Tesla announced its stationary storage battery system in May, as a spinoff of its car batteries. The company offers Powerpack battery networks for commercial and industrial uses, and Powerwall batteries for residential purposes. Both are now in production at the company’s “Gigafactory,” a $5 billion facility being built outside of Reno, Nevada.
The announcement comes as California continues to recover from the recent Aliso Canyon disaster, the second largest methane leak and most polluting in US history. A 2004 methane release in Texas from the collapse of a natural gas storage involved more methane, but a fire converted most of that methane into carbon dioxide. (Although carbon dioxide emissions are regulated, it is a less potent greenhouse gas than methane.)
With California’s largest natural gas storage facility out of operation, stand-by power availability has been extremely tight. If severe weather knocks out another power source, the state could suffer blackouts.
The California energy commission warned this summer that the loss of Aliso Canyon could cause up to 14 days of rotating power brownout due to gas shortages. The relatively mild California spring and summer prevented the disruption. Tesla’s Powerpack batteries are expected to provide plenty of backup power to off-set any winter natural gas shortage.
Tesla reports that it will deliver the 80MWh Powerpack battery system before the end of 2016 to be installed at Southern California Edison’s Mira Loma substation.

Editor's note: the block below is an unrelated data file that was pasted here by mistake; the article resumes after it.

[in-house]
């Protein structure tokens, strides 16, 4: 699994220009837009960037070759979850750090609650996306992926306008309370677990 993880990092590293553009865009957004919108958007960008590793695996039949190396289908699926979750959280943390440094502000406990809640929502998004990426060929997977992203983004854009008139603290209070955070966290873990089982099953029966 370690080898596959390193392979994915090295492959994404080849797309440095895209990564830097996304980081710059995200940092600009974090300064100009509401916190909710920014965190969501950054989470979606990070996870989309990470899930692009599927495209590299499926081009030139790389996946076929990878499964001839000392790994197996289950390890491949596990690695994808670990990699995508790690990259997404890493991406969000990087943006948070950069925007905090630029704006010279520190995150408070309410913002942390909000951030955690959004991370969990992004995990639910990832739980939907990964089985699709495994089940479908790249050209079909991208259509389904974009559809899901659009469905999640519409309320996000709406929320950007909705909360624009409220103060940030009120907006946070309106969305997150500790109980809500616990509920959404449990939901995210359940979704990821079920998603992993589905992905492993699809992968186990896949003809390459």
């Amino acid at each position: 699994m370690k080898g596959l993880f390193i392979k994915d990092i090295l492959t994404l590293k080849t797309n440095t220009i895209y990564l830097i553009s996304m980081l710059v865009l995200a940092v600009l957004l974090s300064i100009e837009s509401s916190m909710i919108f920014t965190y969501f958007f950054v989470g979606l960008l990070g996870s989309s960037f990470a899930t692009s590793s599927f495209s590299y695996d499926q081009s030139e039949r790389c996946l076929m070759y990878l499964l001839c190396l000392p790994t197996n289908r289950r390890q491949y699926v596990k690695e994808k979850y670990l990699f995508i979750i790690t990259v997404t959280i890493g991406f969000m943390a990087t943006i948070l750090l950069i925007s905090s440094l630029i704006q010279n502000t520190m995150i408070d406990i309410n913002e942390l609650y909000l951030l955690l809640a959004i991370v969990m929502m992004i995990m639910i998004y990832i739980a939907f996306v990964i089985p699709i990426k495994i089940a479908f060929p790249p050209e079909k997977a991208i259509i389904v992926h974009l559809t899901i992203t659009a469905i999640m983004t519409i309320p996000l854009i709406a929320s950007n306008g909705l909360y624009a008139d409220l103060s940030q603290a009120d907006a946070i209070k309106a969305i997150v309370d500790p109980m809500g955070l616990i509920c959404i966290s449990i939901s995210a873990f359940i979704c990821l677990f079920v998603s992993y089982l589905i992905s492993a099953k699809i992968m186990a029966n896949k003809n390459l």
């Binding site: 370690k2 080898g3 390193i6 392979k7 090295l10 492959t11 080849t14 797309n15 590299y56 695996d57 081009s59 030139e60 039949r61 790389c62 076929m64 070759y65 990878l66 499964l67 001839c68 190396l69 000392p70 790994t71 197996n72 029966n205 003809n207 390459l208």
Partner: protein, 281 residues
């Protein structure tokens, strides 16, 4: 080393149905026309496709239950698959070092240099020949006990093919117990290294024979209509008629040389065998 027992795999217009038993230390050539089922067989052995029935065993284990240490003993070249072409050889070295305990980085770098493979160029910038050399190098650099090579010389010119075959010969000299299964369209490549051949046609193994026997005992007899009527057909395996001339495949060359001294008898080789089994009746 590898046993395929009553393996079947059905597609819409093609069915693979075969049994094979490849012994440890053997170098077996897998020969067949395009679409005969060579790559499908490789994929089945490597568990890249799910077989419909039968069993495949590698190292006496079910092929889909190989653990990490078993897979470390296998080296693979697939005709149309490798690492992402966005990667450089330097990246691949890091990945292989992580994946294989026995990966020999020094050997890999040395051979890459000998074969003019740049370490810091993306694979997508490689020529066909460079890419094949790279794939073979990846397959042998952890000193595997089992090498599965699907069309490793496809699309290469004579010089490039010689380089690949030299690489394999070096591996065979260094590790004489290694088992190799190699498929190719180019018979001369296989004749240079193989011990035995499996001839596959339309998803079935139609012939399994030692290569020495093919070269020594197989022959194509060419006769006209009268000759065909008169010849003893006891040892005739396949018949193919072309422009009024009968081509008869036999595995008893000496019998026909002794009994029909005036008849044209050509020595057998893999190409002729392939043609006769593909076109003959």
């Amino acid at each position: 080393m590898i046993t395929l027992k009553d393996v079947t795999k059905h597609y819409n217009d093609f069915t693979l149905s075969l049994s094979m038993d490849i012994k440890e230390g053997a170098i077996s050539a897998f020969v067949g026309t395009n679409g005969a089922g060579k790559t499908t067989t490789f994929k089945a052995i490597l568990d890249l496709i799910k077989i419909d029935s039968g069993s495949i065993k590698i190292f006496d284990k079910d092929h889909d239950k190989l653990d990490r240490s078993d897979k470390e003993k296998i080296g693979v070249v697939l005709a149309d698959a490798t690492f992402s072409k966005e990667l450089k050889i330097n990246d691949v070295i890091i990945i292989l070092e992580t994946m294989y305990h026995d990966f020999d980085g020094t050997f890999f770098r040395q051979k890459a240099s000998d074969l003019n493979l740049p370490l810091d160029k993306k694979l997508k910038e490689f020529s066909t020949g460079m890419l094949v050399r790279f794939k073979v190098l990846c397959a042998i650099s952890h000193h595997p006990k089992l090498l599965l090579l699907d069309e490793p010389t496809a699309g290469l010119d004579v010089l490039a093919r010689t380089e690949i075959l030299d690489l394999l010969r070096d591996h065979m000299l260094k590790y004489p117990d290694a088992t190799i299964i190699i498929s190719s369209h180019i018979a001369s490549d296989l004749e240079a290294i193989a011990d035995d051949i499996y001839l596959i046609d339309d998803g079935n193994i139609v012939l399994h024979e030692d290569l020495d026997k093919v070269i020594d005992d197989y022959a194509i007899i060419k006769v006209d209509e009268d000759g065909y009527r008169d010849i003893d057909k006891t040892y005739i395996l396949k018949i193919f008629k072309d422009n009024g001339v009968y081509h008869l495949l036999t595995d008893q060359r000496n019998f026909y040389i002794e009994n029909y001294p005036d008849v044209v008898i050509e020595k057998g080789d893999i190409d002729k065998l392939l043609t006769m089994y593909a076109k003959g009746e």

“Upon completion, this system will be the largest lithium ion battery storage project in the world,” Tesla posted on its website. “When fully charged, this system will hold enough energy to power more than 2,500 households for a day or charge 1,000 Tesla vehicles.”
Neither the State of California, Southern California Edison, nor Tesla disclosed the size of the award. Bloomberg estimated that with a 2MWh Powerpack system costing $2.9 million, the contract would be about $100 million.
Utility grid operators are beginning to embrace battery storage as a much more reliable method of providing renewable energy than “intermittent” wind and solar power, which require a 100 percent natural gas power plant back-up. Batteries are also much more economical for the limited time buffering of power availability.
CEO Elon Musk claims that Tesla will change the “energy infrastructure of the world.” He successfully lobbied the California Public Utility Commissioner to mandate that utilities must install at least 1.3 gigawatts of battery storage by 2020. In a statement about the Powerpack contract, Musk added:
“In order to achieve a sustainable energy future, one which has high penetration of solar and electric vehicles, the world needs a two-way, flexible electric grid. The electric power industry is the last great industry which has not seen the revolutionary effects of storage. Working in close collaboration with Southern California Edison, the Tesla Powerpack system will be a landmark project that truly heralds the new age of storage on the electric grid.”
This article has been updated to reflect the fact that the Southern California Gas Company was responsible for the gas leak, not Southern California Edison.